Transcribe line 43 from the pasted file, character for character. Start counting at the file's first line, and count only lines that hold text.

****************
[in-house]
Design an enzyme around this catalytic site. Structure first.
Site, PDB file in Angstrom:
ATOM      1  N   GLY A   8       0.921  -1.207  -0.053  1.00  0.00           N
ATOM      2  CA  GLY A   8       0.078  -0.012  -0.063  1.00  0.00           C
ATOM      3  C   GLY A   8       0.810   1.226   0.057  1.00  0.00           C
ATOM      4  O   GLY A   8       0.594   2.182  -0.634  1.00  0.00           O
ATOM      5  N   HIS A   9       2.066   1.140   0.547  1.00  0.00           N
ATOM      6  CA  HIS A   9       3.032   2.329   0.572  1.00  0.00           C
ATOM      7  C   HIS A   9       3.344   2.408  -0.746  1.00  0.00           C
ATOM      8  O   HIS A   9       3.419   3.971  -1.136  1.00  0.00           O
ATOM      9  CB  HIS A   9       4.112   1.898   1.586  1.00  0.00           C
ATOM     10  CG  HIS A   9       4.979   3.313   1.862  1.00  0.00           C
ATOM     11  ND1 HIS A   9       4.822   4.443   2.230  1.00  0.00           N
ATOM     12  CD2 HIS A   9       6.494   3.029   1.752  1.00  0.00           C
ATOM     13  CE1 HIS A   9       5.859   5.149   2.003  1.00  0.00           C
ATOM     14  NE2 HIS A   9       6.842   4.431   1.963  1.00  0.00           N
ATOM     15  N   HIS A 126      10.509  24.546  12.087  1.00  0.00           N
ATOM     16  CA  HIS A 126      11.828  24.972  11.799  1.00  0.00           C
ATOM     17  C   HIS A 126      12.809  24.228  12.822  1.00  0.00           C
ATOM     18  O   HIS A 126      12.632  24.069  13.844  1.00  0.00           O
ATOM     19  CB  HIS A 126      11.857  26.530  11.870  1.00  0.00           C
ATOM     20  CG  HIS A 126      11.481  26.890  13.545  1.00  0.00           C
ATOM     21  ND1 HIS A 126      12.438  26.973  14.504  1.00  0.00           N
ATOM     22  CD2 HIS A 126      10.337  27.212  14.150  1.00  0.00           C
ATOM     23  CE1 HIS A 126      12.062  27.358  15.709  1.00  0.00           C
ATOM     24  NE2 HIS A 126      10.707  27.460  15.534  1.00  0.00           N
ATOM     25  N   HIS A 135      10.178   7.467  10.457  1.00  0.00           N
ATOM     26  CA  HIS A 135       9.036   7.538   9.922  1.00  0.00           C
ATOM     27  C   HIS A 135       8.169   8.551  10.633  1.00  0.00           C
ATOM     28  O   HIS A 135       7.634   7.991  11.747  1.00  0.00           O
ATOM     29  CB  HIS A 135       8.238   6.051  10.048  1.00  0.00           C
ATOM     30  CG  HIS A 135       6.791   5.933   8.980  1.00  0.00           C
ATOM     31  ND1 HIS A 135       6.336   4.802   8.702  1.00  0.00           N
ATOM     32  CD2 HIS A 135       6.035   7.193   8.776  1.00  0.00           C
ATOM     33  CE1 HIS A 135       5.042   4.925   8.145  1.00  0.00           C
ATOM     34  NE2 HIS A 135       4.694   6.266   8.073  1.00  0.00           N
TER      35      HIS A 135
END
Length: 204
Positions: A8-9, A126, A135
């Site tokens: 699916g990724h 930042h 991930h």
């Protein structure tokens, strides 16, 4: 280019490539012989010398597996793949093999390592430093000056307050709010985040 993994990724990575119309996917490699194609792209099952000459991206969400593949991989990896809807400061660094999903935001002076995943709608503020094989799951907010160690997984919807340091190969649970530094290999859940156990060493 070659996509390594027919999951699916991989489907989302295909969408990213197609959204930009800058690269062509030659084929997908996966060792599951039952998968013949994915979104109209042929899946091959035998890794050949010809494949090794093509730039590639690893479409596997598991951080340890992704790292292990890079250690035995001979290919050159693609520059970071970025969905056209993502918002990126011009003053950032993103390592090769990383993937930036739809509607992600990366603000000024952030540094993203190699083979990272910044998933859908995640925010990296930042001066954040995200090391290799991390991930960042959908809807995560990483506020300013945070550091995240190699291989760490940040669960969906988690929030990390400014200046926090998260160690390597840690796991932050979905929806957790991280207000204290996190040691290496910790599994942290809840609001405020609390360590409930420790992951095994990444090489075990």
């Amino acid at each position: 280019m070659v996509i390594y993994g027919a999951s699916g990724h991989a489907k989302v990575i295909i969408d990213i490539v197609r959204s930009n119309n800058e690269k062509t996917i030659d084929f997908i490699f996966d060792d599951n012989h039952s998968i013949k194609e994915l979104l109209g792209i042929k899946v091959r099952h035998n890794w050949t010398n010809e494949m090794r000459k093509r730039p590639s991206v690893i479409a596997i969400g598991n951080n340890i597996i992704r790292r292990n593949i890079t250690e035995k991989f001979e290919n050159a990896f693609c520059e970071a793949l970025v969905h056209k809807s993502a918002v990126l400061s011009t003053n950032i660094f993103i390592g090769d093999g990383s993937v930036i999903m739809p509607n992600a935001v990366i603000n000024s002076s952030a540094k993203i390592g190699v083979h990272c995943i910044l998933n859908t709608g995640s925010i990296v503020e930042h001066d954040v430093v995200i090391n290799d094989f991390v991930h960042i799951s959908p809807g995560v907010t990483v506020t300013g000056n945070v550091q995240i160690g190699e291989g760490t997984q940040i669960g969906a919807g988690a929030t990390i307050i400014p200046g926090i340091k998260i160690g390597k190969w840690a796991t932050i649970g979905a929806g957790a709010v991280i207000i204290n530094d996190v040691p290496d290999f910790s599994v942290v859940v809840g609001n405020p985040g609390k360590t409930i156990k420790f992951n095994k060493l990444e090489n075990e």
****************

């Protein structure tokens, strides 16, 4: 280019490539012989010398597996793949093999390592430093000056307050709010985040 993994990724990575119309996917490699194609792209099952000459991206969400593949991989990896809807400061660094999903935001002076995943709608503020094989799951907010160690997984919807340091190969649970530094290999859940156990060493 070659996509390594027919999951699916991989489907989302295909969408990213197609959204930009800058690269062509030659084929997908996966060792599951039952998968013949994915979104109209042929899946091959035998890794050949010809494949090794093509730039590639690893479409596997598991951080340890992704790292292990890079250690035995001979290919050159693609520059970071970025969905056209993502918002990126011009003053950032993103390592090769990383993937930036739809509607992600990366603000000024952030540094993203190699083979990272910044998933859908995640925010990296930042001066954040995200090391290799991390991930960042959908809807995560990483506020300013945070550091995240190699291989760490940040669960969906988690929030990390400014200046926090998260160690390597840690796991932050979905929806957790991280207000204290996190040691290496910790599994942290809840609001405020609390360590409930420790992951095994990444090489075990």